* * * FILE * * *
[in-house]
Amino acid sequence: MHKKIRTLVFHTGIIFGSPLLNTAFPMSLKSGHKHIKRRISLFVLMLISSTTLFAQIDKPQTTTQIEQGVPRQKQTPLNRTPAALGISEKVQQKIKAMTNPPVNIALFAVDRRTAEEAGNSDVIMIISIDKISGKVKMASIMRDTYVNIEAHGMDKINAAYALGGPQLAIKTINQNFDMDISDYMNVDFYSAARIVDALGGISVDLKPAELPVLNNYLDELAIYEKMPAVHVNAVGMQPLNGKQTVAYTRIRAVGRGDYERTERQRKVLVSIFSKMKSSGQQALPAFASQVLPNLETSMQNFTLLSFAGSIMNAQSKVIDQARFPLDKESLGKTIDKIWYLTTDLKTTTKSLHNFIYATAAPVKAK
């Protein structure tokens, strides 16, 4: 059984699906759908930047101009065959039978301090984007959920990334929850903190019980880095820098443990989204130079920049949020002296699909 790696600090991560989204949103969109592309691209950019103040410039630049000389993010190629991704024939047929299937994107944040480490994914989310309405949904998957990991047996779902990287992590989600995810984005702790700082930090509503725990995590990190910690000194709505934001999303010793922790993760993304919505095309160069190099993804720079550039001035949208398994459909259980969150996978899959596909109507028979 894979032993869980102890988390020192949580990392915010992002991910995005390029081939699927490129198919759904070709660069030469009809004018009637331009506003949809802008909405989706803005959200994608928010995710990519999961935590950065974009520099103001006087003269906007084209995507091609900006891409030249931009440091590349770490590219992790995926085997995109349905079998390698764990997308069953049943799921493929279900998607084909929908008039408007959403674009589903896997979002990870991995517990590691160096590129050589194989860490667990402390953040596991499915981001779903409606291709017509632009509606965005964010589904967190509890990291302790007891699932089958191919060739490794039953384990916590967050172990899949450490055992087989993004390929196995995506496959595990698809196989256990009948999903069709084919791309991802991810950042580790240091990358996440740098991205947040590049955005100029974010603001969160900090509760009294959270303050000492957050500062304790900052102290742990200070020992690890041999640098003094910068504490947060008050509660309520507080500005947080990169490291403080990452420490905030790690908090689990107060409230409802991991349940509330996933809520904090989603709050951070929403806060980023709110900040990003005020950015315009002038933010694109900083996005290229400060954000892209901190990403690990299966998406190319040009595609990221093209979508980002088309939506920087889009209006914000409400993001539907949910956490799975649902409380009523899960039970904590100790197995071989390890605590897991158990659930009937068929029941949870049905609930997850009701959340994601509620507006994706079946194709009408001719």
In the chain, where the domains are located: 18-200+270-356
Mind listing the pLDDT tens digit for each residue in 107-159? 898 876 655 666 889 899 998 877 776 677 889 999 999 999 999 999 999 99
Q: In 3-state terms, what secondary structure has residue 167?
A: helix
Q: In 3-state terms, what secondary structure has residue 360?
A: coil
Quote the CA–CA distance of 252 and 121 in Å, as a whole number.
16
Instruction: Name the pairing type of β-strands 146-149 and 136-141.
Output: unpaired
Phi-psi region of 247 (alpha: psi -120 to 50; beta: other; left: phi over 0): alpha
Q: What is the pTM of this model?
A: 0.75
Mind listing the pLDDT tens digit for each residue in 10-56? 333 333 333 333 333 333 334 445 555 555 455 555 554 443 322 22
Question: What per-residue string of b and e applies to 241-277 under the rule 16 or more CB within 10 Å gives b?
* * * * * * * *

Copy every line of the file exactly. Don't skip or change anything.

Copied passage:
[in-house]
Amino acid sequence: MHKKIRTLVFHTGIIFGSPLLNTAFPMSLKSGHKHIKRRISLFVLMLISSTTLFAQIDKPQTTTQIEQGVPRQKQTPLNRTPAALGISEKVQQKIKAMTNPPVNIALFAVDRRTAEEAGNSDVIMIISIDKISGKVKMASIMRDTYVNIEAHGMDKINAAYALGGPQLAIKTINQNFDMDISDYMNVDFYSAARIVDALGGISVDLKPAELPVLNNYLDELAIYEKMPAVHVNAVGMQPLNGKQTVAYTRIRAVGRGDYERTERQRKVLVSIFSKMKSSGQQALPAFASQVLPNLETSMQNFTLLSFAGSIMNAQSKVIDQARFPLDKESLGKTIDKIWYLTTDLKTTTKSLHNFIYATAAPVKAK
């Protein structure tokens, strides 16, 4: 059984699906759908930047101009065959039978301090984007959920990334929850903190019980880095820098443990989204130079920049949020002296699909 790696600090991560989204949103969109592309691209950019103040410039630049000389993010190629991704024939047929299937994107944040480490994914989310309405949904998957990991047996779902990287992590989600995810984005702790700082930090509503725990995590990190910690000194709505934001999303010793922790993760993304919505095309160069190099993804720079550039001035949208398994459909259980969150996978899959596909109507028979 894979032993869980102890988390020192949580990392915010992002991910995005390029081939699927490129198919759904070709660069030469009809004018009637331009506003949809802008909405989706803005959200994608928010995710990519999961935590950065974009520099103001006087003269906007084209995507091609900006891409030249931009440091590349770490590219992790995926085997995109349905079998390698764990997308069953049943799921493929279900998607084909929908008039408007959403674009589903896997979002990870991995517990590691160096590129050589194989860490667990402390953040596991499915981001779903409606291709017509632009509606965005964010589904967190509890990291302790007891699932089958191919060739490794039953384990916590967050172990899949450490055992087989993004390929196995995506496959595990698809196989256990009948999903069709084919791309991802991810950042580790240091990358996440740098991205947040590049955005100029974010603001969160900090509760009294959270303050000492957050500062304790900052102290742990200070020992690890041999640098003094910068504490947060008050509660309520507080500005947080990169490291403080990452420490905030790690908090689990107060409230409802991991349940509330996933809520904090989603709050951070929403806060980023709110900040990003005020950015315009002038933010694109900083996005290229400060954000892209901190990403690990299966998406190319040009595609990221093209979508980002088309939506920087889009209006914000409400993001539907949910956490799975649902409380009523899960039970904590100790197995071989390890605590897991158990659930009937068929029941949870049905609930997850009701959340994601509620507006994706079946194709009408001719």
In the chain, where the domains are located: 18-200+270-356
Mind listing the pLDDT tens digit for each residue in 107-159? 898 876 655 666 889 899 998 877 776 677 889 999 999 999 999 999 999 99
Q: In 3-state terms, what secondary structure has residue 167?
A: helix
Q: In 3-state terms, what secondary structure has residue 360?
A: coil
Quote the CA–CA distance of 252 and 121 in Å, as a whole number.
16
Instruction: Name the pairing type of β-strands 146-149 and 136-141.
Output: unpaired
Phi-psi region of 247 (alpha: psi -120 to 50; beta: other; left: phi over 0): alpha
Q: What is the pTM of this model?
A: 0.75
Mind listing the pLDDT tens digit for each residue in 10-56? 333 333 333 333 333 333 334 445 555 555 455 555 554 443 322 22
Question: What per-residue string of b and e applies to 241-277 under the rule 16 or more CB within 10 Å gives b?